As the dust settles from last night’s Republican presidential debate, much of the media attention is still focused on winners, losers, and who offered the best zingers. But it’s important to point out that while many candidates talked about foreign policy and which countries they wanted to bomb, one important issue received scant attention: our bloated Pentagon budget.
For years now, efforts to rein in out-of-control federal government spending have brought conservatives of all stripes together. The rise of the tea party and the ever-increasing influence of the libertarian strain of the GOP is evidence of that.
But for some reason, the Pentagon’s seemingly limitless credit card has been barely mentioned by the Republican presidential hopefuls.
What’s even more worrying is that some of the candidates think the Pentagon should have more money, despite the fact that we currently have no idea how effectively it spends what it is allotted now, and amid ample evidence of rampant waste, fraud, and abuse.
For example, during last night’s undercard debate, Senator Lindsey Graham resurrected the well-worn misnomer of “the smallest Army since 1940 [and] the smallest Navy since 1915” as reasons to spend more on our military.
But of course, the U.S. Navy didn’t have any aircraft carriers or nuclear subs in 1915, and the First Armored Division’s tanks in 1940 are certainly no match for the M1A1. It’s unclear why we’re comparing today’s military to a bygone era as a reason to give the Pentagon more money it doesn’t need.
This trend was on full display during the last GOP presidential debate too, when three candidates — Mike Huckabee, Chris Christie and Ben Carson — tried to one-up each other’s promises to spend more on the military, without saying how they’d pay for it. The only slight reference to fiscal prudence was when Carly Fiorina mentioned DOD reform but did not elaborate.
Unfortunately, not one candidate made the case that we should reconsider how much we spend on our military, which is currently somewhere north of the next seven nations combined – most of which are our allies.
To be sure, the United States can and should maintain the largest, strongest, and most effective military on the planet, but that doesn’t mean there isn’t some fat to trim over at the Pentagon.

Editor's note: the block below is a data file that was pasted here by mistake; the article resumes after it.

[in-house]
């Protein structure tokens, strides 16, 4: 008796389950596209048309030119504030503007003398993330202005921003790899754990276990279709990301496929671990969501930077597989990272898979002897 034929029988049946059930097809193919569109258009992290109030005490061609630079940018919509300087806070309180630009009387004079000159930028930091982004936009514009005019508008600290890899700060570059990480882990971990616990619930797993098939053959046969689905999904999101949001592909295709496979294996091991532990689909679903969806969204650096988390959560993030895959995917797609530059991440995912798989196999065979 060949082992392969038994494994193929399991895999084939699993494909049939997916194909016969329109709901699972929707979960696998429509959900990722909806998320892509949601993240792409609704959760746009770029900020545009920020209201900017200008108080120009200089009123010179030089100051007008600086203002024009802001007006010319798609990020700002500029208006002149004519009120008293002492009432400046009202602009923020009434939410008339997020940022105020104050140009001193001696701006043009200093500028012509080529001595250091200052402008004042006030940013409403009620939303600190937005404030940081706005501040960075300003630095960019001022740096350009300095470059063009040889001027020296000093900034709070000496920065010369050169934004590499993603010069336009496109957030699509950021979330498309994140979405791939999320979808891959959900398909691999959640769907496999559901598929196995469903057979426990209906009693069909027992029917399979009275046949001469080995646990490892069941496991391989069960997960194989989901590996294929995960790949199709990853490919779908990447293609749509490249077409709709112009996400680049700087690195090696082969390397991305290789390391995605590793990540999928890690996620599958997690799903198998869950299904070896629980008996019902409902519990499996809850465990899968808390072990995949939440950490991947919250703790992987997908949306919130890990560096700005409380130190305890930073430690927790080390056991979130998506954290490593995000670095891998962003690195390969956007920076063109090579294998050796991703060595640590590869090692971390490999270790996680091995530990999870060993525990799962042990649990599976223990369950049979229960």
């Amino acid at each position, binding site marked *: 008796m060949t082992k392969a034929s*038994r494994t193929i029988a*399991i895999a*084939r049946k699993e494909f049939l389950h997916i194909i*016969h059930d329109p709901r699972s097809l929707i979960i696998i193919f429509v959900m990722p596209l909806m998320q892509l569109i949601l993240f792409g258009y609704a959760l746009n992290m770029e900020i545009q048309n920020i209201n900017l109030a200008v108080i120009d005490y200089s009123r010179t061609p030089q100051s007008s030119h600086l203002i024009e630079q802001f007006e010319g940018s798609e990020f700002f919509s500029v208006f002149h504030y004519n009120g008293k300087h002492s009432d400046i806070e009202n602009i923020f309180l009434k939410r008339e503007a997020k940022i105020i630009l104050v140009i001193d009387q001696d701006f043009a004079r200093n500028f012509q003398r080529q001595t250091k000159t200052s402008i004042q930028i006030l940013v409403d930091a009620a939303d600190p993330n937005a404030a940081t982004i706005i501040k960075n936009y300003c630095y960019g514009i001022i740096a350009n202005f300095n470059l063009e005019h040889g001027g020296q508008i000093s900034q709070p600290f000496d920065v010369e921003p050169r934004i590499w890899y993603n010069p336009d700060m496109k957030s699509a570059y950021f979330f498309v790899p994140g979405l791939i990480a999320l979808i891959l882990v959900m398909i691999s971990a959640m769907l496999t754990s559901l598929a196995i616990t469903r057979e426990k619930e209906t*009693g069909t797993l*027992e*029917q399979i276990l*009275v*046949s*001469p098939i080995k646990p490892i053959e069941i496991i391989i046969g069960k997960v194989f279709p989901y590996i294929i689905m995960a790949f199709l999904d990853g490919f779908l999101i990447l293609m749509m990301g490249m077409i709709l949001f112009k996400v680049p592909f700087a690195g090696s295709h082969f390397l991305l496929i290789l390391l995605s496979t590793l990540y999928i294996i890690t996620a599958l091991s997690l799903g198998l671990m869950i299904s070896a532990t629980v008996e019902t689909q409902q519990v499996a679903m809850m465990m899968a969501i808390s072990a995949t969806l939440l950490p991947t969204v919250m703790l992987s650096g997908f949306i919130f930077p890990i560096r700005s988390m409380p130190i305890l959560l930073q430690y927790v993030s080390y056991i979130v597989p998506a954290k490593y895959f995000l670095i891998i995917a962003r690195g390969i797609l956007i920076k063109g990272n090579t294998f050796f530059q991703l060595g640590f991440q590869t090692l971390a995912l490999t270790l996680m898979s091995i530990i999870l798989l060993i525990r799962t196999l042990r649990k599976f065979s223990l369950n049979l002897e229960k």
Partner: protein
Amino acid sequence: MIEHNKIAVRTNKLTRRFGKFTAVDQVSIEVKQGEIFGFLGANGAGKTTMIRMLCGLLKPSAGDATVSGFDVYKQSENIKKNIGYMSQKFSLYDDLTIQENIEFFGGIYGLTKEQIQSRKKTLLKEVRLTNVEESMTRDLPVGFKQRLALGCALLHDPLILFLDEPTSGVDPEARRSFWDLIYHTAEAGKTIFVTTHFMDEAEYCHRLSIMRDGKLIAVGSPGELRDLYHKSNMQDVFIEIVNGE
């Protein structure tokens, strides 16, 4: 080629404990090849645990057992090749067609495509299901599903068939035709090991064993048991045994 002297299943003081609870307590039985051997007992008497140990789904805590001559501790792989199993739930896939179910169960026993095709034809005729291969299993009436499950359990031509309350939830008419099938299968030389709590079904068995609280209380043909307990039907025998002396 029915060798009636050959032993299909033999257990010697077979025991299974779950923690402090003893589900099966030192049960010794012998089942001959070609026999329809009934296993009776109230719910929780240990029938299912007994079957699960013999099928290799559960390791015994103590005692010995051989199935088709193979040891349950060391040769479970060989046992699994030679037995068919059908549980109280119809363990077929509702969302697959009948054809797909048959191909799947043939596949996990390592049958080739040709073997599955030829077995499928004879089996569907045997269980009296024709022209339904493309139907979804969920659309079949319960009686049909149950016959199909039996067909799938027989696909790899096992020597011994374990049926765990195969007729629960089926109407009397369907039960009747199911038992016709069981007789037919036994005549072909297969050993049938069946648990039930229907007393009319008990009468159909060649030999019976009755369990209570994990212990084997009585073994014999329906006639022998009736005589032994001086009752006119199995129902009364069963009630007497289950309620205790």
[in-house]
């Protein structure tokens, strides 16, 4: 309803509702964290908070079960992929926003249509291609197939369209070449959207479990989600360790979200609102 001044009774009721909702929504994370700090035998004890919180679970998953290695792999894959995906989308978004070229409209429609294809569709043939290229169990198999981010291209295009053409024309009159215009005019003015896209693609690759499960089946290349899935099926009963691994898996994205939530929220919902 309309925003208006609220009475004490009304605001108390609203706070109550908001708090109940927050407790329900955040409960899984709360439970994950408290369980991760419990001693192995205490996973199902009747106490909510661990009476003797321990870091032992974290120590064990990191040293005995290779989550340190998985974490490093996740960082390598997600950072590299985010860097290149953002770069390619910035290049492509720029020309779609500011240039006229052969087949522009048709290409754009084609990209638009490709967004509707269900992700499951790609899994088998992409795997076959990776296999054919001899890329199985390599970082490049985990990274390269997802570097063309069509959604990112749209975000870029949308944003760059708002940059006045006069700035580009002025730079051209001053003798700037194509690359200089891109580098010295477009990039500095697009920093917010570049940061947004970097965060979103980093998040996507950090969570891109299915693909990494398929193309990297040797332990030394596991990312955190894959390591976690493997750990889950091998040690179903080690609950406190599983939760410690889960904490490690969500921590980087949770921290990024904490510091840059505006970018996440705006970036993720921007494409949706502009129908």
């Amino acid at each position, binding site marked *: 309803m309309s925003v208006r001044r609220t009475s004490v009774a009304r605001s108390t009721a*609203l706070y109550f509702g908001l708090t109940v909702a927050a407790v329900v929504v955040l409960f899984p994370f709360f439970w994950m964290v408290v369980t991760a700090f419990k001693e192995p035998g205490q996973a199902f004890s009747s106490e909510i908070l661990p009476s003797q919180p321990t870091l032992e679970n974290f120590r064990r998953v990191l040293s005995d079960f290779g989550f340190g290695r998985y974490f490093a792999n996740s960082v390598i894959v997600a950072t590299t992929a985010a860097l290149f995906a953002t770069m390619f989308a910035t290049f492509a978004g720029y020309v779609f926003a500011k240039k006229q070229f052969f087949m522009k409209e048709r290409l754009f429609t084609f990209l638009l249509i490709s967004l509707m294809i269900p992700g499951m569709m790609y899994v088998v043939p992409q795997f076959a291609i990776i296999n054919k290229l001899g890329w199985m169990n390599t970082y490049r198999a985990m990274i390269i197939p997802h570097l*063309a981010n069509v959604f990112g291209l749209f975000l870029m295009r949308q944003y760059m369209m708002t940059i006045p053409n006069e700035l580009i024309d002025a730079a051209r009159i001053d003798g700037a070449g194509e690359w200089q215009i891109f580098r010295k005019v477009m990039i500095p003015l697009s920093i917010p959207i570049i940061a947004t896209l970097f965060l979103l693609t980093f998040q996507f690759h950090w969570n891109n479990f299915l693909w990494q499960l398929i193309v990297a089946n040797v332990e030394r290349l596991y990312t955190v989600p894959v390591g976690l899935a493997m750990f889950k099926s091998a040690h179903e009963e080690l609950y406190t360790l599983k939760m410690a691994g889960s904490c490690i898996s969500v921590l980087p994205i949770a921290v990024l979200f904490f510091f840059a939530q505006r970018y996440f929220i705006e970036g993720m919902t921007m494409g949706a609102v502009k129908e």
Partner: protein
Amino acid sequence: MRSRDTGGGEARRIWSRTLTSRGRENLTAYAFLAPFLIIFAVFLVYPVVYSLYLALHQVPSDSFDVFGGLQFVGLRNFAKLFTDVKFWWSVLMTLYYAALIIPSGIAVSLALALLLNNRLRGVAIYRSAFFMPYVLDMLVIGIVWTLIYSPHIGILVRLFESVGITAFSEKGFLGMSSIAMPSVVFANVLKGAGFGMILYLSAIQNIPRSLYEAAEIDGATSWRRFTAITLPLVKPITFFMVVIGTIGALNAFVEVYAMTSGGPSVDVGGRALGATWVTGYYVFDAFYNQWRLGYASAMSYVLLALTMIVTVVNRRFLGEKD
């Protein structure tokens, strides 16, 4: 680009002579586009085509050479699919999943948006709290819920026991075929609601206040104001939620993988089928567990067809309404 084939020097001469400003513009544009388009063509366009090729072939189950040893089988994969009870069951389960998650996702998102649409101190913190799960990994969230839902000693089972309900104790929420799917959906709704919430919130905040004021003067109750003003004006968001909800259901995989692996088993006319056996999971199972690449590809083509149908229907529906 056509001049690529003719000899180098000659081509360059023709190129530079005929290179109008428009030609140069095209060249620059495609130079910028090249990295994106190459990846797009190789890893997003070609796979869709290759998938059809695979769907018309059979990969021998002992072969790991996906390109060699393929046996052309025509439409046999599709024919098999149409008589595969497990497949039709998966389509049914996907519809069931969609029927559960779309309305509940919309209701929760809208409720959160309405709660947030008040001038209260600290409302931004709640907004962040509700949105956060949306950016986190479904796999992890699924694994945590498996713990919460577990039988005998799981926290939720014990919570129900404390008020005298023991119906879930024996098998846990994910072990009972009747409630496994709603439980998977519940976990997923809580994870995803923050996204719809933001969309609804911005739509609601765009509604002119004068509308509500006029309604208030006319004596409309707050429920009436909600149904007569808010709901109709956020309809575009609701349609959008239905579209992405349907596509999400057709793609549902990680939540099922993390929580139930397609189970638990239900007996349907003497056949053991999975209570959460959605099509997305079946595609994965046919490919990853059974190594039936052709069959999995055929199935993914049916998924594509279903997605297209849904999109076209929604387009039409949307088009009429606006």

We can get a better sense of how much fat there is, and where, if the Pentagon could pass a simple audit. As it stands now, it can’t, and this fact should infuriate any fiscal conservative. If a minor investigation into how Defense Department personnel used government-issued credit cards found that employees spent more than $1 million at casinos and on adult entertainment last year, imagine what a full accounting at the Pentagon would uncover.
And we don’t even need an audit to tell us how much taxpayer money has been wasted on the overhyped and underperforming F-35 Joint Strike Fighter. It has been estimated that the United States will spend well over $1 trillion – no, that “t” is not a typo – on the F-35 over its lifetime in service. That’s a lot for a fighter that, according to one recent report, “can’t turn or climb fast enough to hit an enemy plane during a dogfight or to dodge the enemy’s own gunfire.”
Even though Congress claimed to have outlawed earmarks, they still pop up in DOD appropriations. For example, in fiscal year 2015 there were 293 earmarks worth more than $13 billion stuffed into the Pentagon spending bill.
We can also cut wasteful Pentagon spending by reducing the size of its civilian workforce, growth of which, astoundingly, continues to outpace that of the active duty military. As a result of sequestration, the Army and Marine Corps have cut troop levels by a combined 58,000, while the civilian workforce has shrunk by only 17,000. We can save money by first determining where the inefficiencies in this growing bureaucracy lie, and then by making reductions where appropriate.
In short, if the Republicans want to make this campaign in part about reducing government spending, they cannot do so without thoroughly scrutinizing the Pentagon budget. Voters would be well-served if the Republican presidential candidates debate this issue. It’s not enough to claim the mantle of fiscal conservatism while ignoring the proverbial elephant in the room.
David Williams is the president of the Taxpayers Protection Alliance.